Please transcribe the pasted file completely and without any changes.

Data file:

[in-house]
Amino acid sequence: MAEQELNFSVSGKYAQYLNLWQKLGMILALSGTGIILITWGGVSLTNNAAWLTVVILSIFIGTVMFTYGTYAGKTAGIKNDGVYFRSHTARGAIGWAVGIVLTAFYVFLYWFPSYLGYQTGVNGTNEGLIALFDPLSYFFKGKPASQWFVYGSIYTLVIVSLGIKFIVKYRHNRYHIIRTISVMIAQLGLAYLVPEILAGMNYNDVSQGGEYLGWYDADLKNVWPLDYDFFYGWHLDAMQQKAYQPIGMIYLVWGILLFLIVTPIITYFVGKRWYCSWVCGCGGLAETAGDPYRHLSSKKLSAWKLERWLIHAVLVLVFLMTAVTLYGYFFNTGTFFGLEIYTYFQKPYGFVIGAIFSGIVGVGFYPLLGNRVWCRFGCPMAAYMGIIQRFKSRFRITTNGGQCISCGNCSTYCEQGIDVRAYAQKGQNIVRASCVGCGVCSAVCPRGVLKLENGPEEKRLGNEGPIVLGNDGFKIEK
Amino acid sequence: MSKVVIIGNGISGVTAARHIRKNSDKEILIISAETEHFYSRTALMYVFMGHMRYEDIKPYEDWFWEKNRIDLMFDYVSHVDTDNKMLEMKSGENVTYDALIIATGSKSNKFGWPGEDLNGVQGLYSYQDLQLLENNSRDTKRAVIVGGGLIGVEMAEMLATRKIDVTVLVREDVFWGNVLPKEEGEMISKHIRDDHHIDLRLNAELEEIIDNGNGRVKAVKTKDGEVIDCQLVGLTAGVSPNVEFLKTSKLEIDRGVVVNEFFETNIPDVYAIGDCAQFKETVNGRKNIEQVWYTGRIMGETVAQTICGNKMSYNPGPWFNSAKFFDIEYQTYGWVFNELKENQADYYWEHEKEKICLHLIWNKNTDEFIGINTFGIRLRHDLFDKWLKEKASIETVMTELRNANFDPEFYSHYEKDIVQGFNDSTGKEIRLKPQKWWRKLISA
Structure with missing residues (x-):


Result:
[in-house]
Amino acid sequence: MAEQELNFSVSGKYAQYLNLWQKLGMILALSGTGIILITWGGVSLTNNAAWLTVVILSIFIGTVMFTYGTYAGKTAGIKNDGVYFRSHTARGAIGWAVGIVLTAFYVFLYWFPSYLGYQTGVNGTNEGLIALFDPLSYFFKGKPASQWFVYGSIYTLVIVSLGIKFIVKYRHNRYHIIRTISVMIAQLGLAYLVPEILAGMNYNDVSQGGEYLGWYDADLKNVWPLDYDFFYGWHLDAMQQKAYQPIGMIYLVWGILLFLIVTPIITYFVGKRWYCSWVCGCGGLAETAGDPYRHLSSKKLSAWKLERWLIHAVLVLVFLMTAVTLYGYFFNTGTFFGLEIYTYFQKPYGFVIGAIFSGIVGVGFYPLLGNRVWCRFGCPMAAYMGIIQRFKSRFRITTNGGQCISCGNCSTYCEQGIDVRAYAQKGQNIVRASCVGCGVCSAVCPRGVLKLENGPEEKRLGNEGPIVLGNDGFKIEK
Amino acid sequence: MSKVVIIGNGISGVTAARHIRKNSDKEILIISAETEHFYSRTALMYVFMGHMRYEDIKPYEDWFWEKNRIDLMFDYVSHVDTDNKMLEMKSGENVTYDALIIATGSKSNKFGWPGEDLNGVQGLYSYQDLQLLENNSRDTKRAVIVGGGLIGVEMAEMLATRKIDVTVLVREDVFWGNVLPKEEGEMISKHIRDDHHIDLRLNAELEEIIDNGNGRVKAVKTKDGEVIDCQLVGLTAGVSPNVEFLKTSKLEIDRGVVVNEFFETNIPDVYAIGDCAQFKETVNGRKNIEQVWYTGRIMGETVAQTICGNKMSYNPGPWFNSAKFFDIEYQTYGWVFNELKENQADYYWEHEKEKICLHLIWNKNTDEFIGINTFGIRLRHDLFDKWLKEKASIETVMTELRNANFDPEFYSHYEKDIVQGFNDSTGKEIRLKPQKWWRKLISA
Structure with missing residues (x-):